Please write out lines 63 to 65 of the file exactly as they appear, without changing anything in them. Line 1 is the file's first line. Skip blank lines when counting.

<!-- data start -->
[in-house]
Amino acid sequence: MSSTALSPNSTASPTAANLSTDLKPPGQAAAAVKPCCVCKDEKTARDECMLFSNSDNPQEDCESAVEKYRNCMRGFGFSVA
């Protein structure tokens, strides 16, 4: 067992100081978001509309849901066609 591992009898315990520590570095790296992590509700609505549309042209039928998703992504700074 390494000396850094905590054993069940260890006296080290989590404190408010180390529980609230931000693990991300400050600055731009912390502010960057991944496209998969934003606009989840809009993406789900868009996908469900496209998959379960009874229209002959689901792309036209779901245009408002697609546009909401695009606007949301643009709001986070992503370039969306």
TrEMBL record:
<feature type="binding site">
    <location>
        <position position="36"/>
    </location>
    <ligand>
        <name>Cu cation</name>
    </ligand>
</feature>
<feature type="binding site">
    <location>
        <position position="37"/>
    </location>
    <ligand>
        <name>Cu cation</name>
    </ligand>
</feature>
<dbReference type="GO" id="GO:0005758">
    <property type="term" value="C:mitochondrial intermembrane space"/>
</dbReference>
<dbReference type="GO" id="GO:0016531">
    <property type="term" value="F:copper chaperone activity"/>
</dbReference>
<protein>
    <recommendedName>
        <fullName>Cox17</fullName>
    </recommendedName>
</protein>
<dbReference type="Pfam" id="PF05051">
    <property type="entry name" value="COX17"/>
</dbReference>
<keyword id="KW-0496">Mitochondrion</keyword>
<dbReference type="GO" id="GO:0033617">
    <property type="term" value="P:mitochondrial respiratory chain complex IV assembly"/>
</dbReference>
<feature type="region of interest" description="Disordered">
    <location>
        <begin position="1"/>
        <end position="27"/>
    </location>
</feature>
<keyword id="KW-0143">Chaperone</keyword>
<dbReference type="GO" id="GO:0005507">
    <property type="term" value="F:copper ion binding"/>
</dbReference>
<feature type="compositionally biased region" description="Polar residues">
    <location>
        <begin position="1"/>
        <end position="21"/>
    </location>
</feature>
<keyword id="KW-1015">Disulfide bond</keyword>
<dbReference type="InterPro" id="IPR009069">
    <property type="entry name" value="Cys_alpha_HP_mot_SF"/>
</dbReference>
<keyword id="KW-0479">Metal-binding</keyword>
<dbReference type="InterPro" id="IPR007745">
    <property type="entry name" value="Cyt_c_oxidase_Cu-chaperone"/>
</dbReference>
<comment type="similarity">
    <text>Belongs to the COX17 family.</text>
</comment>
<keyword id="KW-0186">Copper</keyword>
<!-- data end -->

<comment type="similarity">
    <text>Belongs to the COX17 family.</text>
</comment>